REDUCE THE ALPHABET SOUP - Horse Racing News | Paulick Report


By Ray Paulick

What does the departure of Churchill Downs Inc.'s four racetracks—Churchill Downs, Arlington Park, Fair Grounds, and Calder—from membership in the National Thoroughbred Racing Association mean for that organization's future?

From a budget standpoint, not much, according to published reports. The $375,000 in dues from the CDI tracks represents just 3.75% of the NTRA's $10-million annual budget. However, it was enough to cover the base salary of the NTRA's CEO, Alex Waldrop, reported at $302,706 earlier this year when the Paulick Report published a list of salaries paid to executives of some of the horse industry's non-profit associations.

So the loss of $375,000 means the NTRA will be doing less in the next 12 months than it did in the last 12 months, because I doubt very much Waldrop will be taking a cut in pay.

That begs the question, and it's one I hear from people all the time: What does the NTRA do?

Let me start by saying what the NTRA does not do.

The NTRA does not promote or market racing as it once did. It no longer buys televise time to showcase the sport. It is not a “league office” in any way, shape or form that the NBA, NFL or MLB professional leagues have a national office. It has no authority over anyone or anything.

It does, however, have some useful functions, though Bob Evans, the bottom line boss of Churchill Downs, does not see them as valuable enough for the money the company was paying the NTRA in dues.

The NTRA and its Political Action Committee do represent the horse racing and breeding industry in Washington, D.C., and in my opinion has done a good job lobbying Congress and other federal officials, often working alongside the American Horse Council, which represents all breeds of horses. Both organizations have been effective on tax matters of interest to owners and breeders, though it would be nice if they could give horseplayers better representation when it comes to changing the law regarding winning bets that require signatures and tax withholding.

NTRA also has a small but hard-working press office that, among other things, spent a great deal of time organizing teleconferences with owners, trainers, and jockeys of horses participating on the road to the Kentucky Derby. Those weekly teleconferences generated needed publicity for a sport that struggles to get coverage in the mainstream media.

The NTRA also has teamed with Daily Racing Form to promote national handicapping tournaments, and has ongoing dialogue with horseplayers.

The NTRA has put a great deal of time and effort into the Safety and Integrity Alliance that was created following a series of events, including the death of Eight Belles in the 2008 Kentucky Derby and a Congressional hearing on horse racing matters in June of that year.

The Safety and Integrity Alliance, which includes accreditation—or something akin to a “good horsekeeping seal of approval”–for tracks that meet certain standards related to horse welfare, has been a superficial approach to a serious public relations problem. But because the NTRA has no authority over anyone or anything, I'm not sure how the alliance could have made a substantive impact on those problems. More than anything else, the Safety and Integrity Alliance can be viewed as the industry's response to further inquiries from the federal government. If Waldrop is called before Congress again, however, I doubt the Safety and Integrity Alliance will be applauded as something that's made a significant difference.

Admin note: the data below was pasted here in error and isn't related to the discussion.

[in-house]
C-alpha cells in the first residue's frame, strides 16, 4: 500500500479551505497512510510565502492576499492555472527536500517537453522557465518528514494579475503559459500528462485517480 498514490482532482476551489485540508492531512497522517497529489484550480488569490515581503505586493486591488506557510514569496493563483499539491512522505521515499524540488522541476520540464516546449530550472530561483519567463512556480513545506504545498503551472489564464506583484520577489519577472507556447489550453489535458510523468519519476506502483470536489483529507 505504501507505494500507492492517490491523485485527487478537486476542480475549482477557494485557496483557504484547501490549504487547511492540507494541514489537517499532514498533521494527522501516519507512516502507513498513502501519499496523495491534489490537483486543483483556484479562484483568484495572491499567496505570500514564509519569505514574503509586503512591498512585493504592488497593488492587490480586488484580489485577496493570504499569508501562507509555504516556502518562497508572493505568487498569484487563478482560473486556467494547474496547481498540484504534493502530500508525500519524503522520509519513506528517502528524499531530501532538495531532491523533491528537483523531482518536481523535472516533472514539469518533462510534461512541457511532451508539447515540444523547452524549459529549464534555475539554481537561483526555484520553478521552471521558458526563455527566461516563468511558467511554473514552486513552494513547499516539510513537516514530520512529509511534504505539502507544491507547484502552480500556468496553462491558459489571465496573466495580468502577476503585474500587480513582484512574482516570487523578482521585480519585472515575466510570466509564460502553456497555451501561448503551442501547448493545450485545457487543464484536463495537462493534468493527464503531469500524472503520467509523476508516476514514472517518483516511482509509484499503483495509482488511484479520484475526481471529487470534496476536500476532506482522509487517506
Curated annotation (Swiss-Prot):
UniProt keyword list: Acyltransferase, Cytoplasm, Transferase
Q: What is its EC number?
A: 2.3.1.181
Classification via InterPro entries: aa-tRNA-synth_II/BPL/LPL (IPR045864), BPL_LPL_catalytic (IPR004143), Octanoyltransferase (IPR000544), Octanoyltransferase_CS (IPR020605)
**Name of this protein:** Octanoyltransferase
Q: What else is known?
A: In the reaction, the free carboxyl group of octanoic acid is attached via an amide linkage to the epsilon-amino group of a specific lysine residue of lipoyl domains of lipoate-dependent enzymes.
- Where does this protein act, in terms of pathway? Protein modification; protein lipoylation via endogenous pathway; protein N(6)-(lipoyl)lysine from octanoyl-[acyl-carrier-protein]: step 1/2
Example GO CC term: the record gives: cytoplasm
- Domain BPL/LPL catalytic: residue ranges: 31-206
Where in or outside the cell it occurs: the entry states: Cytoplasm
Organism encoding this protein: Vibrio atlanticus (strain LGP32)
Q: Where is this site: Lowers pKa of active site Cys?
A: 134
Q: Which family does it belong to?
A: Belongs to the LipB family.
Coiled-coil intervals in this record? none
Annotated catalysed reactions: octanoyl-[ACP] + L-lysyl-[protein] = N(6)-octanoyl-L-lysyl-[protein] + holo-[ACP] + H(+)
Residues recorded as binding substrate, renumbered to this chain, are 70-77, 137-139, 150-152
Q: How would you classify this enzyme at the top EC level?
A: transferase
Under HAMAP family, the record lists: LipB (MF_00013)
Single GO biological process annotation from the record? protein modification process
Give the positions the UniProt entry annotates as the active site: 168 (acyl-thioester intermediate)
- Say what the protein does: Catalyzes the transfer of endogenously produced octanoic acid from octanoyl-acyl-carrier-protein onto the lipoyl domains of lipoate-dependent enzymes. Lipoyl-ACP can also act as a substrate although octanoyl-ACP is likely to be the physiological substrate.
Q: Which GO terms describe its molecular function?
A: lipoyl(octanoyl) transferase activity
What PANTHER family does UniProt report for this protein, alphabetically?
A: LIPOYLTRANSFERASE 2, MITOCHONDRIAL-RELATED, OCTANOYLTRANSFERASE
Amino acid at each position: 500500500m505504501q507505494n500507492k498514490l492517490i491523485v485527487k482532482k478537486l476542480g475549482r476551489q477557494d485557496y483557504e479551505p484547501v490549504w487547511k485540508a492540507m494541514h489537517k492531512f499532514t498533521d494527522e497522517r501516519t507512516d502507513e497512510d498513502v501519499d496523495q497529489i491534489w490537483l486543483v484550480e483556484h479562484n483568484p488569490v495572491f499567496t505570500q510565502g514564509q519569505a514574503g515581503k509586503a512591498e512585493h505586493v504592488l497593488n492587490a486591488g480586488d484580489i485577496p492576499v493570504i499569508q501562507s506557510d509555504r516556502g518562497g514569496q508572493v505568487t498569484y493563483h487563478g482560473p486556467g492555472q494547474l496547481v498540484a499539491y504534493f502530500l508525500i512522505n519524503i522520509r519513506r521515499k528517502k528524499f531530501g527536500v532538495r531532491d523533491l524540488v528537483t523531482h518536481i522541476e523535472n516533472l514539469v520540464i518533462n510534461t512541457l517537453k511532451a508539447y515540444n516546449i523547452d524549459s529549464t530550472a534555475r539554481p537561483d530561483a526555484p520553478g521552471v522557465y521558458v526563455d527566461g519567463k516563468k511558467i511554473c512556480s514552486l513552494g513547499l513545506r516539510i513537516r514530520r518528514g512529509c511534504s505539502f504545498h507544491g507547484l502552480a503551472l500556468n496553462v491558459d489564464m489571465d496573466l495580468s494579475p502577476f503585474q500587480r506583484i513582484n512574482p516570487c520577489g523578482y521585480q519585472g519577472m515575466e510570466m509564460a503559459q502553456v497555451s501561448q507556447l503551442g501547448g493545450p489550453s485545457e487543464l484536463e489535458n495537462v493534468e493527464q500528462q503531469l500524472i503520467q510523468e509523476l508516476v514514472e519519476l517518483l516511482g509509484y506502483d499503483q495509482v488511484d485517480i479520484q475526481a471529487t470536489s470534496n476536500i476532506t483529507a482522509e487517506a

Accreditation or lack thereof by the alliance certainly has had no impact on a racetrack's business. Three tracks that have either not applied for or received accreditation, Tampa Bay Downs, Oaklawn Park, and Hawthorne—are coming off very successful race meetings in comparison to the previous year. One of the goals of the alliance, Waldrop had said, was to build confidence among horseplayers for tracks that have received accreditation. Horseplayers don't care about that.

So do we really need the NTRA? Churchill Downs apparently doesn't think so. Neither does Oaklawn Park, Delaware Park, the Penn National Gaming tracks or Philadelphia Park. Will the tracks now owned by MI Developments be next to drop out?

Over the last decade there has been a great deal of consolidation in the industry, with publicly traded companies Churchill Downs, Penn National Gaming, and Magna Entertainment (now part of MI Developments) building their portfolio of racing and gaming properties.

There hasn't been consolidation when it comes to racing organizations, also known as the alphabet soups. There are more of them today than we've ever had before, and with each organization comes the cost of salaries, offices, travel and other expenses.

For the same economies of scale reasons the tracks have consolidated, we need consolidation of these alphabet soups, many of which seem to be increasingly focused on self-survival rather than on industry service. When the NTRA was created, there was a hope that much of the industry would consolidate and work together under a single umbrella. That clearly hasn't happened. It's every man (and organization) for himself.

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